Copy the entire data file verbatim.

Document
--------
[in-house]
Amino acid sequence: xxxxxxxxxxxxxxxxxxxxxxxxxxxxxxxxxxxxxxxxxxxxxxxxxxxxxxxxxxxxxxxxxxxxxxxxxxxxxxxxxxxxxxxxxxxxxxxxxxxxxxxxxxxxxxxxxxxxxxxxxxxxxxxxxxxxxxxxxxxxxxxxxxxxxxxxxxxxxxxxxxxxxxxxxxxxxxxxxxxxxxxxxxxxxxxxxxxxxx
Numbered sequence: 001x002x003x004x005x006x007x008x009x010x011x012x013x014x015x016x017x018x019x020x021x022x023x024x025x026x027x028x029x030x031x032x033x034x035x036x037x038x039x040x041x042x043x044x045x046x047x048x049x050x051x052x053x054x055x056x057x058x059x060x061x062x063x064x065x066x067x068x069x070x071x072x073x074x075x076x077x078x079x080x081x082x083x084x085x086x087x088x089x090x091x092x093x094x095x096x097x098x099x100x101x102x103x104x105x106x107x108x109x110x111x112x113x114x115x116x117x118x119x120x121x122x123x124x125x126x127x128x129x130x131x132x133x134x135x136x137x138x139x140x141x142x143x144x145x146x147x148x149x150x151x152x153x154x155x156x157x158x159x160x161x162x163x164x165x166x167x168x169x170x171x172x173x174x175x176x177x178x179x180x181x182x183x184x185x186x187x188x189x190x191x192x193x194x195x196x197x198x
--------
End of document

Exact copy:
[in-house]
Amino acid sequence: xxxxxxxxxxxxxxxxxxxxxxxxxxxxxxxxxxxxxxxxxxxxxxxxxxxxxxxxxxxxxxxxxxxxxxxxxxxxxxxxxxxxxxxxxxxxxxxxxxxxxxxxxxxxxxxxxxxxxxxxxxxxxxxxxxxxxxxxxxxxxxxxxxxxxxxxxxxxxxxxxxxxxxxxxxxxxxxxxxxxxxxxxxxxxxxxxxxxxx
Numbered sequence: 001x002x003x004x005x006x007x008x009x010x011x012x013x014x015x016x017x018x019x020x021x022x023x024x025x026x027x028x029x030x031x032x033x034x035x036x037x038x039x040x041x042x043x044x045x046x047x048x049x050x051x052x053x054x055x056x057x058x059x060x061x062x063x064x065x066x067x068x069x070x071x072x073x074x075x076x077x078x079x080x081x082x083x084x085x086x087x088x089x090x091x092x093x094x095x096x097x098x099x100x101x102x103x104x105x106x107x108x109x110x111x112x113x114x115x116x117x118x119x120x121x122x123x124x125x126x127x128x129x130x131x132x133x134x135x136x137x138x139x140x141x142x143x144x145x146x147x148x149x150x151x152x153x154x155x156x157x158x159x160x161x162x163x164x165x166x167x168x169x170x171x172x173x174x175x176x177x178x179x180x181x182x183x184x185x186x187x188x189x190x191x192x193x194x195x196x197x198x